meta name=”robots” content=”index, follow” Meschery's Musings of Sports, Literature, and Life Meschery's Musings on Sports, Literature and Life: 2011-03-20

What my musings are all about...

Blogging might well be the 21st century's form of journaling. As a writing teacher, I have always advised my students to keep a daily journal as a way of organizing their thoughts for future writing projects, a discipline I have unfortunately never consistently practiced myself. By blogging, I might finally be able to follow my own good advice.

The difference between journaling and blogging is that the blogger opens his or her writing to the public, something journal- writers are usually reluctant to do. I am not so reticent.

The trick for me will be to avoid cluttering the internet with more blather, something none of us need more of. If I stick to subjects I know: sports and literature, I believe I can avoid that pitfall. I can't promise that I'll not stray from time to time to comment on ancillary subjects, but I will make every attempt to be interesting and perhaps even insightful.

Tuesday, March 22, 2011

A Few Random Thoughts on Recent Sports News

Jared Sullinger of Ohio State Buckeyes scored 18 pts in a blowout of George Mason (98-66) and informed (read taunted) a George Mason player, "It's over." Attention NBA general managers! Do not draft this guy! On the other hand, if Sullinger had had the ball in his hands with his team down by one with 5 seconds to go, and said the same thing, "It's over" then scored, I'd say draft him first round pronto. Only Sullinger didn't. He chose to be a bully.

Kendrick Perkins is young or foolish or both to call Pau Gasol and Kobe Bryant soft. It doesn't matter what you think, young fellow, you never give your opponent an added incentive to KYA.

I'm loving the NCAA, although my second round picks were mostly loosers. And I hate the new Round of Four, but will suffer it if the NCAA can guarantee me at least one VCU out of the eight team bracket every year.

Can Jimeer Fredette play in the NBA? I didn't think so until I saw him perform at the Big Dance. He's no speedster, but he's tricky and has a great first step, and he can shoot the three from the four point line. Come to think of it, how's that for a new idea: a four and five point line. Talk about excitement.

Warriors, listen up, I've said it before, I'm saying it again, hire Bill Walton to coach Andres Biedrens over the off-season. If the Latvian has any pride at all he'll learn from a man like Walton and wind up better than any big man pick coming out of college this season.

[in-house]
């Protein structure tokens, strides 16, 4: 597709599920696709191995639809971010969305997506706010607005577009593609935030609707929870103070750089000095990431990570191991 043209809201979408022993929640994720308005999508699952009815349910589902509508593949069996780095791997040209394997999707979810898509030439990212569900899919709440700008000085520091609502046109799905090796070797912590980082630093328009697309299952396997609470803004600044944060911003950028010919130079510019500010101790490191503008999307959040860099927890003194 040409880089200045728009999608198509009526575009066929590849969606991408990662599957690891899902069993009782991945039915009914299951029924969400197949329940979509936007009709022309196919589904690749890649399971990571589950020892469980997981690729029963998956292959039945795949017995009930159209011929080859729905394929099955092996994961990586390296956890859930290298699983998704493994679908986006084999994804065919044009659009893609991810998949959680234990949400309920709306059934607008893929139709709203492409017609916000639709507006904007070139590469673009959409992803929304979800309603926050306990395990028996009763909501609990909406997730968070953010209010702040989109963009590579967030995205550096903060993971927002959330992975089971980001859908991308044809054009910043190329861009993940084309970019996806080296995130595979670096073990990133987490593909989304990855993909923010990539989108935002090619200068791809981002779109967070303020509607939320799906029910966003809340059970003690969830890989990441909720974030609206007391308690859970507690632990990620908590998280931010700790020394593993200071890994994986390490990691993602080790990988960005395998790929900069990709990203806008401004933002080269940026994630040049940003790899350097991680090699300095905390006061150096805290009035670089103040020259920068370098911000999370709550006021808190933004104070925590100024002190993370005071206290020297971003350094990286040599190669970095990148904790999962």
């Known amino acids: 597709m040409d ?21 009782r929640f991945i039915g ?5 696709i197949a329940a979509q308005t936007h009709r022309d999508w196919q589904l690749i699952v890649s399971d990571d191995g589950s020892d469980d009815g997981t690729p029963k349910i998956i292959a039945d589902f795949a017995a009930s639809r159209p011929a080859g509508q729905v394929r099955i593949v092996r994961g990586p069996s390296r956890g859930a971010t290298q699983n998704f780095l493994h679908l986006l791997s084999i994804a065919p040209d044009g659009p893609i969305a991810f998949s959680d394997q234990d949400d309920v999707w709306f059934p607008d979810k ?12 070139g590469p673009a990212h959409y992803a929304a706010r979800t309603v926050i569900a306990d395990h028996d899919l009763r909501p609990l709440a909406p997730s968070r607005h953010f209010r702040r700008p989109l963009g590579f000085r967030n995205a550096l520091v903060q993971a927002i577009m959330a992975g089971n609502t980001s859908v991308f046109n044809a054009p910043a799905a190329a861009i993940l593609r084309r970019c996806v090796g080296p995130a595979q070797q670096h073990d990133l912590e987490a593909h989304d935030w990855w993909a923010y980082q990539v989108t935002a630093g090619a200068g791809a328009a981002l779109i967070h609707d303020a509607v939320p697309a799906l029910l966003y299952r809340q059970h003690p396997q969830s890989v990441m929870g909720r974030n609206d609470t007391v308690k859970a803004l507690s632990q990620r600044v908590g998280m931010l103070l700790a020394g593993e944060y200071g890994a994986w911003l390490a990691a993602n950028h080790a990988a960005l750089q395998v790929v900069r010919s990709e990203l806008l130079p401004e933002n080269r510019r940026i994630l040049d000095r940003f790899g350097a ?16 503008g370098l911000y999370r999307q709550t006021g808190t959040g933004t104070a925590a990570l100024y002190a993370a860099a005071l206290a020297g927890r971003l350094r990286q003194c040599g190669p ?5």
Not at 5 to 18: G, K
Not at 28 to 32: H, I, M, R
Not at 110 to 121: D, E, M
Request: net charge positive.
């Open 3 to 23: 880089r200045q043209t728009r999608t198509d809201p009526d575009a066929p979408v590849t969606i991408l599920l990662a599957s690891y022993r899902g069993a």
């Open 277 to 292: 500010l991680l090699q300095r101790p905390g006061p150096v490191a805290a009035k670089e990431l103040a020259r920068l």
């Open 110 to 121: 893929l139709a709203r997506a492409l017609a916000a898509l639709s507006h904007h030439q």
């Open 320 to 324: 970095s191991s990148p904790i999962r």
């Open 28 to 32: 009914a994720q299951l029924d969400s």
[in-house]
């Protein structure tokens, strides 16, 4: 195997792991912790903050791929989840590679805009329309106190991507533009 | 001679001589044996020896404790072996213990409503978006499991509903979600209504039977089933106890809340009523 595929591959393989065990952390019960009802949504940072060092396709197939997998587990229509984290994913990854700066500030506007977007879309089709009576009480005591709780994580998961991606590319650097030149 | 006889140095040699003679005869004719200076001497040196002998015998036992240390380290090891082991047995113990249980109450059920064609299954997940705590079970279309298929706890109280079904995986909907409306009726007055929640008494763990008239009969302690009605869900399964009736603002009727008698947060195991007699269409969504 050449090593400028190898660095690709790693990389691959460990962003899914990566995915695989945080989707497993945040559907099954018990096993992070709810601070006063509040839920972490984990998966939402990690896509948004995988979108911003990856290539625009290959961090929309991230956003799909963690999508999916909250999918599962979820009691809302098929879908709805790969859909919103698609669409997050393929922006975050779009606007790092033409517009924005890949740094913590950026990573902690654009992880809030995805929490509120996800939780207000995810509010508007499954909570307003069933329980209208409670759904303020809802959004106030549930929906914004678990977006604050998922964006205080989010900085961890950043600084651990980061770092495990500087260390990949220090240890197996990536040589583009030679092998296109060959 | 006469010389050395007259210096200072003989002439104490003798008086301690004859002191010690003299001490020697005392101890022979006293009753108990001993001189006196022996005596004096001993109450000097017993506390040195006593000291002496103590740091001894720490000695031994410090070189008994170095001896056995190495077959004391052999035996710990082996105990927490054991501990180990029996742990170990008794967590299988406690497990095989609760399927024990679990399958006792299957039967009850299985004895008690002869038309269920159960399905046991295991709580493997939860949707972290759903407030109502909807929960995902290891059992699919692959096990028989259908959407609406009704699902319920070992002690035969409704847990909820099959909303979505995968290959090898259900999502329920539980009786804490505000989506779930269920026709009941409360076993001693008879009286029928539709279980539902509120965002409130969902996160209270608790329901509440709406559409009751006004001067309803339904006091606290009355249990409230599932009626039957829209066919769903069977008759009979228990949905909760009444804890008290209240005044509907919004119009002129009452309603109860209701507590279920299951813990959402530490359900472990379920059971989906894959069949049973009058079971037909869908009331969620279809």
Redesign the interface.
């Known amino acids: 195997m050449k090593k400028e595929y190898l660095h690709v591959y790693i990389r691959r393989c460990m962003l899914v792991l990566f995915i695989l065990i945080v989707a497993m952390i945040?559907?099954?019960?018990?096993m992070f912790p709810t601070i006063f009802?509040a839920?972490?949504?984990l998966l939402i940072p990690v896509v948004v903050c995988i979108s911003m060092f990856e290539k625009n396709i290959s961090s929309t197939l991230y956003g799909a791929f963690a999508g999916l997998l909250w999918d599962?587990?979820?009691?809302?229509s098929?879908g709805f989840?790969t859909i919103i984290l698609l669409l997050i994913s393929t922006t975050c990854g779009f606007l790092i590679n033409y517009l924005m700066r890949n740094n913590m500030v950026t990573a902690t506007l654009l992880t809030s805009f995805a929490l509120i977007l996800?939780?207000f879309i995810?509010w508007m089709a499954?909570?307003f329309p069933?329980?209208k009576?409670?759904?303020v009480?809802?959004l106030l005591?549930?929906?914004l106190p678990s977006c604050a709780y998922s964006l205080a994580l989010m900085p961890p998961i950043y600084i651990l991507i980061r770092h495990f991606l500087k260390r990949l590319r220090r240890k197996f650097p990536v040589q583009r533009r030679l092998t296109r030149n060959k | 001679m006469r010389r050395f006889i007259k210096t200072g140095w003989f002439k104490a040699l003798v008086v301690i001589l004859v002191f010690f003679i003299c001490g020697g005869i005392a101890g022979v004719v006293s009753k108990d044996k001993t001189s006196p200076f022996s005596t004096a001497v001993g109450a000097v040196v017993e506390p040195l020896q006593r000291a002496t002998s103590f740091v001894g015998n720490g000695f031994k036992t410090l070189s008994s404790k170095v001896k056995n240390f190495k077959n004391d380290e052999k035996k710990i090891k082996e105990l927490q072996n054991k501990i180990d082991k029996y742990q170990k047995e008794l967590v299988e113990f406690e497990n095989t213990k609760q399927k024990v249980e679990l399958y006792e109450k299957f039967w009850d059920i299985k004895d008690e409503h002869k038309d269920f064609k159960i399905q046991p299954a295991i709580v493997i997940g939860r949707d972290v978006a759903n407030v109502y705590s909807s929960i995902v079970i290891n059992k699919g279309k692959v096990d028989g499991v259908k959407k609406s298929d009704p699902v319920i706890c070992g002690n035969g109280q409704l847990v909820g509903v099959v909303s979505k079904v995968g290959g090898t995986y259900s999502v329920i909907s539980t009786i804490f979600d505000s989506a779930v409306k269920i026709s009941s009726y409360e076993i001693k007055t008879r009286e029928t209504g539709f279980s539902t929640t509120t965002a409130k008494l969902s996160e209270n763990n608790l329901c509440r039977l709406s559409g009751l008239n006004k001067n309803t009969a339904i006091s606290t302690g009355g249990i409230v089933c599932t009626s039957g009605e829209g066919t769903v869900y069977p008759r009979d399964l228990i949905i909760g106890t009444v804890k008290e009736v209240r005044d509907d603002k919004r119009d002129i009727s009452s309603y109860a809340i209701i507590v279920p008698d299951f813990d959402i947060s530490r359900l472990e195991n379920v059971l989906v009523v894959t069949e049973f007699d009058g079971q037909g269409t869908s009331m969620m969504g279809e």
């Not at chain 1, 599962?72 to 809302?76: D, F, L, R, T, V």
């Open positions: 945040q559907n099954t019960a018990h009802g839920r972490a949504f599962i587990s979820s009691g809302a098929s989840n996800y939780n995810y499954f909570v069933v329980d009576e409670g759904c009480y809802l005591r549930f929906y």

I love the NCAA commercial informing viewers that NCAA athletes as a group have a higher academic performance than the rest of the student body. Could they say that if they compared only the football, basketball, and baseball teams to the rest of the student body? Not a chance.

I don't understand why college's so-called minor sports don't receive more sporting news coverage. Has any sportswriter checked out the tremendous performances of some of our university tennis, golf, soccer, swimming teams? Once a week, at least, the front page of every sporting section should be devoted to these student athletes. Front Page, Front, as in First Page. Not one mention of the pros or college semi-pros until the third page. Serves them right.

I watched Don Nelson on TV last night. I expected a little more hardball, but that's OK. Nelson has had a terrific career as a coach. His wins speak volumes about his ability. The one thing I couldn't understand was the part when he said his job with the Warriors was over when Biedrens rejected Nelson's suggestion to shoot free throws underhand. You got to be kidding, right? Nelson said he had Barry lined up to come in to teach Biedrens the technique. Sounds pretty logical to me. So, why over? Does Biedrens have that much power? Is so, he ought be able to grab a few more rebounds. Would something like this have happened with Phil Jackson or Greg Popovich? Or when Nelson was with Milwaukee. Weak owner is as bad as a weak player. Sports is the only place where the "Trickle Down Theory" of economics is valid.

Here's a poem for cross-country runners who get no ink.

Run Before Dawn  by William Stafford

Most mornings I get away, slip out
the door before light, set forth on the dim gray
road, letting my feet find a cadence
that softly carries me on. Nobody
is up-all alone my journey begins.
Some days it's escape: the city is burning
behind me, cars have stalled in their tracks,
and everybody is fleeing like me but some other direction.
My stride is for life, a far place.
Other days it is hunting: maybe some game will cross
my path and my stride will follow for hours, matching
all turns. My breathing has caught the right beat
for endurance; familiar trance like scenes glide by.
And sometimes it's a dream of motion, streetlights coming near,
passing shadows that lean before me, lengthened
then fading, and a sound from a tree: a soul, or an owl.
These journeys are quiet. They mark my days with adventure
too precious for anyone else to share, little gems
of darkness, the world going by, and my breath, and the road.